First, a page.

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Michelangelo (Michelangelo Buonarroti)

Caprese, Arezzo, Tuscany, 1475 - Rome, 1564

He was apprenticed in 1488 in the workshop of the painter Domenico Ghirlandaio (1448/9-1494) in Florence. The following year he joined the academy of young sculptors in the Medici garden where he probably received instruction from Bertoldo di Giovanni (c. 1430/40-1491). Nevertheless, Michelangelo remained essentially self-taught, enjoying the patronage of Lorenzo the Magnificent until the latter’s death in 1492. Thereafter he returned to his father’s house, before spending another brief period in the Medici household. He left there before the Medici’s expulsion from Florence in 1494, and spent time in Venice and Bologna, returning to Florence in 1495.
Between 1496 and 1501, Michelangelo was in Rome where he sculpted the marble "Pietà" (1497-1500; Rome, St. Peter’s), a work that established his fame as a sculptor. Back in Florence, he secured numerous commissions of importance, including that to execute the colossus, "David" (completed 1504; Florence, Accademia). This coincided with a busy period of artistic activity, which resulted in many unfulfilled or uncompleted commissions: that to execute figures of the twelve Apostles in Florence cathedral resulted in a single unfinished figure -the St. Matthew (Florence, Accademia)- while the plan to fresco the Sala del Gran Consiglio in the Palazzo Vecchio whit a depiction of the "Battle of Cascina" never exceeded its carton. In 1505, Michelangelo was summoned back to Rome by Pope Julius II, for whom he later frescoed the vault of the Sistine Chapel (1508-1512). He later executed the "Last Judgement" on the east wall of the same chapel, and both here and in his frescoes in the Pauline Chapel (1542-1550) elongated forms and artificial coloration anticipate Mannierism.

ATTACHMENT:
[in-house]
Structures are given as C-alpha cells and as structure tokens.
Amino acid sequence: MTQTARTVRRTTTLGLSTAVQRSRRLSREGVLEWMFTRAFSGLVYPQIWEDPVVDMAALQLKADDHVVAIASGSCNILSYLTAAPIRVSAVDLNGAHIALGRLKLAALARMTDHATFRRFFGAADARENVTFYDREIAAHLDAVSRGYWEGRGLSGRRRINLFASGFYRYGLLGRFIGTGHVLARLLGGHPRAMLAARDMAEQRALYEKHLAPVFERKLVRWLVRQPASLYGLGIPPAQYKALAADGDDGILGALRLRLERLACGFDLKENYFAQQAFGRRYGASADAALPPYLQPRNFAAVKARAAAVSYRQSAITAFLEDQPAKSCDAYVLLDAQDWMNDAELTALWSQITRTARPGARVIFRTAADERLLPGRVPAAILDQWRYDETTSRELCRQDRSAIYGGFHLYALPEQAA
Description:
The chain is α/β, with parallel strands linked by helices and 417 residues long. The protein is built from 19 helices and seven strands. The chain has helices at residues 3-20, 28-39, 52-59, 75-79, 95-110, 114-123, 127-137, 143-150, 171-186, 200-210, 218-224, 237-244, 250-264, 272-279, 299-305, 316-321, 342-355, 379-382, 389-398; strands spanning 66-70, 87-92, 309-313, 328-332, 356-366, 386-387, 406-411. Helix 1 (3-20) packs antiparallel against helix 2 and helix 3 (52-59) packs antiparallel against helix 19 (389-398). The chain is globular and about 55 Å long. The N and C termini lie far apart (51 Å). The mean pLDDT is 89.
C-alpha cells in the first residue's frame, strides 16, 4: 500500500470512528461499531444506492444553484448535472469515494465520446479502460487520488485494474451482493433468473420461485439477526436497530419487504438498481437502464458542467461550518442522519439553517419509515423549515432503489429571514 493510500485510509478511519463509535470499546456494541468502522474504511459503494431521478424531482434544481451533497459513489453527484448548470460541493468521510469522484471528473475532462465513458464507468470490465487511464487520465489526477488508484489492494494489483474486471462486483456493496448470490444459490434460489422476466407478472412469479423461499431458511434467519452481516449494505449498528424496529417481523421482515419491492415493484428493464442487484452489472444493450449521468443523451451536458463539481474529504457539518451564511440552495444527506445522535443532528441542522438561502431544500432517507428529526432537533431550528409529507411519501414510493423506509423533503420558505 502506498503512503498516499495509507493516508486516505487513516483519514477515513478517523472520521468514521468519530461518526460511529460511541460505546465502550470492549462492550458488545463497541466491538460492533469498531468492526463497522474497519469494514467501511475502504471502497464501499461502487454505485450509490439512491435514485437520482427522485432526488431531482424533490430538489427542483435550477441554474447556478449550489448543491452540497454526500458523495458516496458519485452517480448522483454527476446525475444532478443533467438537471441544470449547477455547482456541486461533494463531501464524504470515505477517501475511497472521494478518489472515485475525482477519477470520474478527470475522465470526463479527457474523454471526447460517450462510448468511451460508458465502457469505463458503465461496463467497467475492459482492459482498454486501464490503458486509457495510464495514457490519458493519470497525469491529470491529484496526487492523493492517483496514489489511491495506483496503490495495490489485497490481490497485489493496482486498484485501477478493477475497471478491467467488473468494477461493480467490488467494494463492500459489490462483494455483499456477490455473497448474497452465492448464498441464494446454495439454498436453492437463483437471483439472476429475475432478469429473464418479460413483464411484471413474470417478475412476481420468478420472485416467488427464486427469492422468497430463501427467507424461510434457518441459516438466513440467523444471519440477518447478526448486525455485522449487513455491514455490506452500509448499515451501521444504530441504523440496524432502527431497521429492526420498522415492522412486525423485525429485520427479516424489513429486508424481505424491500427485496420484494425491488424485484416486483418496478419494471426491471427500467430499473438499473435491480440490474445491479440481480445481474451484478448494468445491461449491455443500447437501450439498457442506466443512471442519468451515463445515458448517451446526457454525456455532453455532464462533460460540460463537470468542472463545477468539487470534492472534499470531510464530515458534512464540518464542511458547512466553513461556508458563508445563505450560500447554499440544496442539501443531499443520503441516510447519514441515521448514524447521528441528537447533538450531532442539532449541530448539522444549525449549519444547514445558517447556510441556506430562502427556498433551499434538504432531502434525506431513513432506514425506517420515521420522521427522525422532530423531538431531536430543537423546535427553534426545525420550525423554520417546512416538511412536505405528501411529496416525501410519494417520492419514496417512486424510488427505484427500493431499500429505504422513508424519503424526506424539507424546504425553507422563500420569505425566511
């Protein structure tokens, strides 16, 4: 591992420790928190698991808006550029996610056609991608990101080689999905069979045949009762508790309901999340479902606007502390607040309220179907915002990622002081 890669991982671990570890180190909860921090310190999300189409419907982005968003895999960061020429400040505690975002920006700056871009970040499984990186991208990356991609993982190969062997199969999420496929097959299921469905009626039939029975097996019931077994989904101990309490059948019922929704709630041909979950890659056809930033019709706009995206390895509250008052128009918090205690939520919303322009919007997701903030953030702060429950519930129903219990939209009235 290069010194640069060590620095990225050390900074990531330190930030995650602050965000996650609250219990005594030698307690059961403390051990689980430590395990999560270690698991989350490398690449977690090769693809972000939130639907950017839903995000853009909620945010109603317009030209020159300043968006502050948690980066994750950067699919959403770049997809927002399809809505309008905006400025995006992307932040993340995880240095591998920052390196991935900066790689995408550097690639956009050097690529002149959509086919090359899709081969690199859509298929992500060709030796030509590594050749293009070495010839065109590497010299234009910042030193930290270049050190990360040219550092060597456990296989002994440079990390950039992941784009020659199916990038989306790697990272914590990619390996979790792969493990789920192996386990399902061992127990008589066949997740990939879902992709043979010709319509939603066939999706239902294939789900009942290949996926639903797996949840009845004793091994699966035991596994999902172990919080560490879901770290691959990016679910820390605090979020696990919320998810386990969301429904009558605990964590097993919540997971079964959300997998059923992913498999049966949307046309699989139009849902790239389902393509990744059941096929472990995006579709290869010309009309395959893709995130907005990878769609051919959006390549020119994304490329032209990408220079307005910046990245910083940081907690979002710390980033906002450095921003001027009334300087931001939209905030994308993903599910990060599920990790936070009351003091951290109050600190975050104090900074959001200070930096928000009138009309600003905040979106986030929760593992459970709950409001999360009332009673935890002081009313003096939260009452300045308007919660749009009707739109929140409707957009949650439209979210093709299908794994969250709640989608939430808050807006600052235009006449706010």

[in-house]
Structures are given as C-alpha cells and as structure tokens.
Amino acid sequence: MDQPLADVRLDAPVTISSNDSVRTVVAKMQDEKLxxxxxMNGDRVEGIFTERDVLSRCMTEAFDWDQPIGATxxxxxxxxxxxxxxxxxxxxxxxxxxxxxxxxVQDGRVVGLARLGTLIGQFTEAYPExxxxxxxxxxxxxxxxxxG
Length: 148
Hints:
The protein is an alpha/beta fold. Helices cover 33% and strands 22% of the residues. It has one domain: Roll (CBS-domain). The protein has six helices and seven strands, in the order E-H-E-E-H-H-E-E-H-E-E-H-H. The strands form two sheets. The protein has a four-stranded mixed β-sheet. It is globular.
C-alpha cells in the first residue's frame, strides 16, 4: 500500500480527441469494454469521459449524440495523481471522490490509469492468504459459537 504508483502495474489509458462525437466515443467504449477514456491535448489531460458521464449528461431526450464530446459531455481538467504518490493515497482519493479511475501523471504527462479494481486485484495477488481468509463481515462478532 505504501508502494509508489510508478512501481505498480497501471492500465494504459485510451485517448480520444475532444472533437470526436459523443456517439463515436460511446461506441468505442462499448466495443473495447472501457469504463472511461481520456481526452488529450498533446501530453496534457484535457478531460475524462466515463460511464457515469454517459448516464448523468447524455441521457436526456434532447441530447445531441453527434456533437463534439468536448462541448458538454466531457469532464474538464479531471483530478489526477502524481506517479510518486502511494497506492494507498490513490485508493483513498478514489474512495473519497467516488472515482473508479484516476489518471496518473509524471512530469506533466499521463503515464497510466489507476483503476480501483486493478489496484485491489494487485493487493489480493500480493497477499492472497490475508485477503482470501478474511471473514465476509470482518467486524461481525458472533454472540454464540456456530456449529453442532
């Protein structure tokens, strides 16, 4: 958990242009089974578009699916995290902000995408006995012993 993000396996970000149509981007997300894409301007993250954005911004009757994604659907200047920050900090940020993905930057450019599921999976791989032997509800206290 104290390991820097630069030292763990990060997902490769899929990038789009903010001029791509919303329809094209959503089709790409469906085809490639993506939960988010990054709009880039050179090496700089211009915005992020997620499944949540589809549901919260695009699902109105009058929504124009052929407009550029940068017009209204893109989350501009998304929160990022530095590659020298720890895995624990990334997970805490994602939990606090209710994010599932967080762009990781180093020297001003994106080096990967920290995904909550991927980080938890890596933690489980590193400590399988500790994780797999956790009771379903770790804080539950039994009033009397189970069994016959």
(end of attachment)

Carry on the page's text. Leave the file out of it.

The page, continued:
These Mannerist tendencies are also seen in Michelangelo’s architecture, especially in the vestibule of the Laurentian Library, Florence (1524-1562), commissioned by Cardinal Giulio de' Medici. On the same complex, and for the same family, he had previously designed, and prepared tombs for, the New Sacristy, and designed the façade of S. Lorenzo itself (not executed). From 1546 he directed the rebuilding of St. Peter’s, Rome, and designed its dome.
In all of this, Michelangelo’s influence on others artists was profound. His poetry, first published posthumously in 1623, explores his thoughts on art, love and religion (Turner, N.: From Michelangelo to Annibale Carracci. A century of Italian drawings from the Prado, Art Services International-Museo Nacional del Prado, 2008, p. 52).

Artworks (3)

La Flagelación
Oil on panel, XVI century
Miguel Ángel (Discípulo de)
Study of a Man’s Right Arm
Pencil on yellow paper, Second quarter of the XVI century
Miguel Ángel
Study of a man's right shoulder, breast and upper arm
Pencil on yellow paper, 1536 - 1541
Miguel Ángel


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